Would you mind explaining a little more as to why you wouldn't buy it? It does come with an extra tail, and more are sold in packs. If your reasoning is the price, than I definitely understand.
  • johnDjohnD WC FLPosts: 6,419 Admiral
    Snookman77 wrote: »
    Would you mind explaining a little more as to why you wouldn't buy it? It does come with an extra tail, and more are sold in packs. If your reasoning is the price, than I definitely understand.

    I would not buy because I can do the same thing with a bait that cost me about .30 cents.
  • Snookman77Snookman77 Posts: 1,099 Officer
    johnD wrote: »
    I would not buy because I can do the same thing with a bait that cost me about .30 cents.

    What bait is that?
  • BD27BD27 Posts: 1,179 Officer
    Snookman77 wrote: »
    I'm not sure what you mean by "see #6".

    Anyway, what setup would you recommend for inlet fishing?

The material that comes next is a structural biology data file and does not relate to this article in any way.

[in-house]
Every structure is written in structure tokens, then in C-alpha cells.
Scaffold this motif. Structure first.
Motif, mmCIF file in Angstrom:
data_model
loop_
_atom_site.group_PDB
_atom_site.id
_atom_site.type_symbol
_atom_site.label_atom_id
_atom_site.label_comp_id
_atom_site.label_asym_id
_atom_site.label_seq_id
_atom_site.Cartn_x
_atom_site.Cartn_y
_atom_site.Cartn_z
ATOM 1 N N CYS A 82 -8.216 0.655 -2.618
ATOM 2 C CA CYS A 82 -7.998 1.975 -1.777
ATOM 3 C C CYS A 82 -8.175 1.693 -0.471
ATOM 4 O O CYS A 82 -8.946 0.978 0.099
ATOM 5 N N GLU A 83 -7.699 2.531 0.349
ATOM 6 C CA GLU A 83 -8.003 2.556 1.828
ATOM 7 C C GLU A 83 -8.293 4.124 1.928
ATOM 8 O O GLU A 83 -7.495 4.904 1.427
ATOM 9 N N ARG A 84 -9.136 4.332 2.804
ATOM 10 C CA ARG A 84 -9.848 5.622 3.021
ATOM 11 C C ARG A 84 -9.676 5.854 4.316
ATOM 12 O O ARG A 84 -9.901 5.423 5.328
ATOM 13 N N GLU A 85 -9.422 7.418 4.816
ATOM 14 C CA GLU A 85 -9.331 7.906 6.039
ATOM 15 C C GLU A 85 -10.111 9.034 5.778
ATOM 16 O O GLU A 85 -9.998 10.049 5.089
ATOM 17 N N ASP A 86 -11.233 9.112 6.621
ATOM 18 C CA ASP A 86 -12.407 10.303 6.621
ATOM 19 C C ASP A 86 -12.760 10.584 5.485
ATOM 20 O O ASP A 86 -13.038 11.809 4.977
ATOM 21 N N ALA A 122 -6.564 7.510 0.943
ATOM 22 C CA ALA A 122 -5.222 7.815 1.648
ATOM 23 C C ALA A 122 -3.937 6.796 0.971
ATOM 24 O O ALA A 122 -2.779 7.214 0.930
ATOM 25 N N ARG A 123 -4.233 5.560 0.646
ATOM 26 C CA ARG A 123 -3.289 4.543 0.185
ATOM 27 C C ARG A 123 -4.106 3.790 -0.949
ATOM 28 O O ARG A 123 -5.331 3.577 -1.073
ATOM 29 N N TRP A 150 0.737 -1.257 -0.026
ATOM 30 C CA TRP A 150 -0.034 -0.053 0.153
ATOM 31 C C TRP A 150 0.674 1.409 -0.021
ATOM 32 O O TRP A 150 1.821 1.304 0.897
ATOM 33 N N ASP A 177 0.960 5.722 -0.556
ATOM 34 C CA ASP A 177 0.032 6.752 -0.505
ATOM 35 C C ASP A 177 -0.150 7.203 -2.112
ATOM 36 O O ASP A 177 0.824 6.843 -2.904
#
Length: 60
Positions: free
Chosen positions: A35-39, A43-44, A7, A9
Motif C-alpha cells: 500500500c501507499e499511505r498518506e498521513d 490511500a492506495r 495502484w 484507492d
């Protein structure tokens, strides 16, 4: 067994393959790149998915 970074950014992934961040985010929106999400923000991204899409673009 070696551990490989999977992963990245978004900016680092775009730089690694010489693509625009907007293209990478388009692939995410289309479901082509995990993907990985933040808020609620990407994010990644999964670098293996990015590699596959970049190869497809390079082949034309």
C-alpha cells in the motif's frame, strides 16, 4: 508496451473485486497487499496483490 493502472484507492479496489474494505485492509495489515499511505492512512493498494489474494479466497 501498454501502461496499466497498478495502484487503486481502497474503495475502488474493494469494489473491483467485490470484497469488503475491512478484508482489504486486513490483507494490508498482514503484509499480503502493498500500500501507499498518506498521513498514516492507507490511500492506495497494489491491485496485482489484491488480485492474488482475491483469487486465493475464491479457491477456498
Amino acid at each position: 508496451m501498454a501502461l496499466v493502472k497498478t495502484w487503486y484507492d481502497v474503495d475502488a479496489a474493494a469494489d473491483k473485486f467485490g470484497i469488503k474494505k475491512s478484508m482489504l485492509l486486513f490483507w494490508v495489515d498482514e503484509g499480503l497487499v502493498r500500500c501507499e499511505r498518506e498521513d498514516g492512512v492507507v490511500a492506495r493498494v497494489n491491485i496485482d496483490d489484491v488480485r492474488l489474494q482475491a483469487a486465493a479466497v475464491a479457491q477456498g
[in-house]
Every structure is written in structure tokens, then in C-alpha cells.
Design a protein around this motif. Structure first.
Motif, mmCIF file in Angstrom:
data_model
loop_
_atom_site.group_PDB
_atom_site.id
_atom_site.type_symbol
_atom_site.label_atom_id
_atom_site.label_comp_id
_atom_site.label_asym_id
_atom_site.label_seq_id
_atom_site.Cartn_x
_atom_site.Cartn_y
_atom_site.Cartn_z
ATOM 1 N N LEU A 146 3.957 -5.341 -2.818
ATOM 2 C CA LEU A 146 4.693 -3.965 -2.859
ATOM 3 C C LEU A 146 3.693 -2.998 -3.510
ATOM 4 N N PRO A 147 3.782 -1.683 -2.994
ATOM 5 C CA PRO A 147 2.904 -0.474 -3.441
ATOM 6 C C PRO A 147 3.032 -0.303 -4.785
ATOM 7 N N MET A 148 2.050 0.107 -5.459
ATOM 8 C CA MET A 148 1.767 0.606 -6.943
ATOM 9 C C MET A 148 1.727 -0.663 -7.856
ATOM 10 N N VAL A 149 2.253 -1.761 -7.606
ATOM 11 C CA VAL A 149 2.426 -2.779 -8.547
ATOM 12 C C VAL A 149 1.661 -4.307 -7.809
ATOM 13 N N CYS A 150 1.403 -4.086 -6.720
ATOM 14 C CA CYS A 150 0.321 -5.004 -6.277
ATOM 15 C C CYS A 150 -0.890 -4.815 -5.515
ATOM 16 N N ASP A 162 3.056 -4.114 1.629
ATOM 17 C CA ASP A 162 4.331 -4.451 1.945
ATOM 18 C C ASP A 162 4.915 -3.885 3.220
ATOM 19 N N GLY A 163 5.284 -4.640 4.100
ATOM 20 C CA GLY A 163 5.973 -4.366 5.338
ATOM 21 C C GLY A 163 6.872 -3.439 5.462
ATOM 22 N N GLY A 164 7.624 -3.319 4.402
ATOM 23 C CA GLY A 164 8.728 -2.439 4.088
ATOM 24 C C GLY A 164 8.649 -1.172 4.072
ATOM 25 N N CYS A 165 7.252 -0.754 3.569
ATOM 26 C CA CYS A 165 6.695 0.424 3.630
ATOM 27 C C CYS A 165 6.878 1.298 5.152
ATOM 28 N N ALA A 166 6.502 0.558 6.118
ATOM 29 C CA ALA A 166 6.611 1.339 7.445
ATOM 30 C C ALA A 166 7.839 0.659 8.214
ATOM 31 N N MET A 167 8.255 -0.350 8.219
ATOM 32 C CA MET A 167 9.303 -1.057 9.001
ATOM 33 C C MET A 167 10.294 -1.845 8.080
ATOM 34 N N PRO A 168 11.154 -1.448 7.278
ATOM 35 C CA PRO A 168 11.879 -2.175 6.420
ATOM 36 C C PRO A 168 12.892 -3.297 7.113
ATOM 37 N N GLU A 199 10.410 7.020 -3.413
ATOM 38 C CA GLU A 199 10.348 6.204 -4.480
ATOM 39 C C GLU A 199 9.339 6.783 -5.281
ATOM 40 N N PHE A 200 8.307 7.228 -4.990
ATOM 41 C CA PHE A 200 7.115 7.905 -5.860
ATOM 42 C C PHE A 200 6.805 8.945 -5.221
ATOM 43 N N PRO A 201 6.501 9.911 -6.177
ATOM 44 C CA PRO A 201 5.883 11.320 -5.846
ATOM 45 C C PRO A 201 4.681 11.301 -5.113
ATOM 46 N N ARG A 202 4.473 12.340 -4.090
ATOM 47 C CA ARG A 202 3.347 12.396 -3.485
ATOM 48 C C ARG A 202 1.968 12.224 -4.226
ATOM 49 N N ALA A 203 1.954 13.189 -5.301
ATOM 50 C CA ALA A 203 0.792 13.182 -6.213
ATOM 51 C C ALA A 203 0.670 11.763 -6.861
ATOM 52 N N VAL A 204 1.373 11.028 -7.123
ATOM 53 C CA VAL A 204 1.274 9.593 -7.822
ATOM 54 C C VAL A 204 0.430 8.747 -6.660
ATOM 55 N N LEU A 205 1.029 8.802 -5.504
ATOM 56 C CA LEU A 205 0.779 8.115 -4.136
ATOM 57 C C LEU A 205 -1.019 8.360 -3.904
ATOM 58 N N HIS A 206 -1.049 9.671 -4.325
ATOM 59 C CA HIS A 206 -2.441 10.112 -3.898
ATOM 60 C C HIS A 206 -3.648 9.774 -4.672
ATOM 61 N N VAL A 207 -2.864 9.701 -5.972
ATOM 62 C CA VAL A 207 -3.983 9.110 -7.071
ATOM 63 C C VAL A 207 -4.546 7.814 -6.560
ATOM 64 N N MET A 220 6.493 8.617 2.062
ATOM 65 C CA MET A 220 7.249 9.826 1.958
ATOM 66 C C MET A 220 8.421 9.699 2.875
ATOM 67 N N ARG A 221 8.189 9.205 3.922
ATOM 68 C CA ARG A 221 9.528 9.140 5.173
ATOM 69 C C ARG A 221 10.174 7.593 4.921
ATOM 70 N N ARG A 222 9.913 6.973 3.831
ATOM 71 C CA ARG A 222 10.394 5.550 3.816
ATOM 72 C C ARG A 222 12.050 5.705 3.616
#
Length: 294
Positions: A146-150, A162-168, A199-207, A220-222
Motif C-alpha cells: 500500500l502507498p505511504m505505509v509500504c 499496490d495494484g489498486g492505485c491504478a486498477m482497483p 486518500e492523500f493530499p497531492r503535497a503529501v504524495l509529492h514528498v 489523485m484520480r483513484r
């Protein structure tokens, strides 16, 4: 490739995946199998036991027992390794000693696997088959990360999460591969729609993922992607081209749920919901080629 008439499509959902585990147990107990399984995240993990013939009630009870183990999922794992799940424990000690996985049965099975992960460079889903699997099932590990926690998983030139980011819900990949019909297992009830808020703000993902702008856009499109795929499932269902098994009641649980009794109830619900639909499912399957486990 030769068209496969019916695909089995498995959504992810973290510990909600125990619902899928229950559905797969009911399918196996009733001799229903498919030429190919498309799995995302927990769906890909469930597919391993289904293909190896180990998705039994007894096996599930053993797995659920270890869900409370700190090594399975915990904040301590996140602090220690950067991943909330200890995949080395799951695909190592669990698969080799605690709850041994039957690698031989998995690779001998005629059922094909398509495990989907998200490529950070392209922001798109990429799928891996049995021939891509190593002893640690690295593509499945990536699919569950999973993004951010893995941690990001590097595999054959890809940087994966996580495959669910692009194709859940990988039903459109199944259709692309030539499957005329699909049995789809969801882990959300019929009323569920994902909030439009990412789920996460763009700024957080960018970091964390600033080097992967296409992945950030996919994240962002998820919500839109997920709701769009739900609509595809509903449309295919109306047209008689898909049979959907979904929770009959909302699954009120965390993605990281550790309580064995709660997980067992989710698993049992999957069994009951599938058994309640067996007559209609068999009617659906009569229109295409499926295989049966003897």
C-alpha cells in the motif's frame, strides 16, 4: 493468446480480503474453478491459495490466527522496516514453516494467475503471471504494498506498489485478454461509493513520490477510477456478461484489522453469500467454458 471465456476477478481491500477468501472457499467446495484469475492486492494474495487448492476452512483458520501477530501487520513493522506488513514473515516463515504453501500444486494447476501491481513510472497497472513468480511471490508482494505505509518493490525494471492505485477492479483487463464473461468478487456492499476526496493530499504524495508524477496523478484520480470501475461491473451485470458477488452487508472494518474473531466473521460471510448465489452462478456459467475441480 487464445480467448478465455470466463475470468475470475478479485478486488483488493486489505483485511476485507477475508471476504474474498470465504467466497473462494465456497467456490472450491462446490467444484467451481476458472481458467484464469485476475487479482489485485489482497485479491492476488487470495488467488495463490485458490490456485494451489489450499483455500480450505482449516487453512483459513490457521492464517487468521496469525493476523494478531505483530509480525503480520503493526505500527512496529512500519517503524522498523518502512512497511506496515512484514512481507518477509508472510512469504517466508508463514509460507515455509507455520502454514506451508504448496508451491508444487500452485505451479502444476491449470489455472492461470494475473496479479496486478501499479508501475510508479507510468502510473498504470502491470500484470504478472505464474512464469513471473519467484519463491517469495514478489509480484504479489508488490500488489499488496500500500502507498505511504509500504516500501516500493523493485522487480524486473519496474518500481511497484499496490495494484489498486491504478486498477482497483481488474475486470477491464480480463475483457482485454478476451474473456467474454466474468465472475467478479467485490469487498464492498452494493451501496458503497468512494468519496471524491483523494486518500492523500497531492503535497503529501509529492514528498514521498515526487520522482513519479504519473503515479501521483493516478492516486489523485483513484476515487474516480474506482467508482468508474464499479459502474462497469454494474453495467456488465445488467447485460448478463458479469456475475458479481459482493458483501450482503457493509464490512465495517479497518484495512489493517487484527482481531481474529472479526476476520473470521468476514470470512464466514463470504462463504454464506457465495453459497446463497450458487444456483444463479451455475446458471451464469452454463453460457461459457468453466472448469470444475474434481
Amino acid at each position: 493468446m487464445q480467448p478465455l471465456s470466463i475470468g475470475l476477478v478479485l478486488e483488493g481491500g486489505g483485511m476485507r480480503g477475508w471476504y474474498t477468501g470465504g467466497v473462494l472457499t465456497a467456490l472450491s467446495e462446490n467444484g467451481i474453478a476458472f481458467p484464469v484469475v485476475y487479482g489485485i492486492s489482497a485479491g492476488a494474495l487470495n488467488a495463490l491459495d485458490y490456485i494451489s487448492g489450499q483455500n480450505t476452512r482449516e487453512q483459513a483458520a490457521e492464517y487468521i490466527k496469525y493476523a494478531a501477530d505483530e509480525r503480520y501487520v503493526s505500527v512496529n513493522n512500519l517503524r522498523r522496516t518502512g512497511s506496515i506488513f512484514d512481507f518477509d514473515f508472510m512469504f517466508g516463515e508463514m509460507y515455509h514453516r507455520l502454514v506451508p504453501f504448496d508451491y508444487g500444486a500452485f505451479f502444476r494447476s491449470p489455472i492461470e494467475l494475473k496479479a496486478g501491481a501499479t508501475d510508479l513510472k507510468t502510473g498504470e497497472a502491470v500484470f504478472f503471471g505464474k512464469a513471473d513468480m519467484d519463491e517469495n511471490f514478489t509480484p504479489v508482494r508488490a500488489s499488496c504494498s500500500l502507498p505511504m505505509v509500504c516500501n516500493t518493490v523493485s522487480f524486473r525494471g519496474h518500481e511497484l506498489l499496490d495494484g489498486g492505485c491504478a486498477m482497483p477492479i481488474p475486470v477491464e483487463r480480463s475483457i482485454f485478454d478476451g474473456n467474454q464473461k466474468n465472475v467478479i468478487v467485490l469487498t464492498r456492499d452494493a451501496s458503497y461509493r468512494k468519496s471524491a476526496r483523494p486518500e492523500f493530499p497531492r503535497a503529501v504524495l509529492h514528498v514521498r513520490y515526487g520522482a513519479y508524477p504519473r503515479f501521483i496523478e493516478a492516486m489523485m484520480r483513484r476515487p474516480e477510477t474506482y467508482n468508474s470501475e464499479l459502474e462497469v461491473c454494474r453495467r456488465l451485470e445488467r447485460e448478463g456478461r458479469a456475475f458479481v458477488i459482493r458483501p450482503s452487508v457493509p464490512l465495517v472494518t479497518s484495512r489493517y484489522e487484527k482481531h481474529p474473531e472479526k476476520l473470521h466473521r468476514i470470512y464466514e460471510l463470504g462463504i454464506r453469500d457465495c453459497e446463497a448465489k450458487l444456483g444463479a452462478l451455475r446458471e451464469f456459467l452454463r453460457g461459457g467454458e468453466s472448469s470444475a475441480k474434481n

Post # 6 , rigging that I use . In more open water I will rig them on a jig head
    As far as set up goes , I like to use heavy bass gear (conventional ) near structure , as it more accurate to cast IMO . I will use spinning gear is fishing flats and need the extra casting distance . Size your gear to species that you are after . And use what is comfortable to you .
  • Snookman77Snookman77 Posts: 1,099 Officer
    BD27 wrote: »
    Post # 6 , rigging that I use . In more open water I will rig them on a jig head
    As far as set up goes , I like to use heavy bass gear (conventional ) near structure , as it more accurate to cast IMO . I will use spinning gear is fishing flats and need the extra casting distance . Size your gear to species that you are after . And use what is comfortable to you .

    Thanks. How heavy a jig head for an inlet?
  • BD27BD27 Posts: 1,179 Officer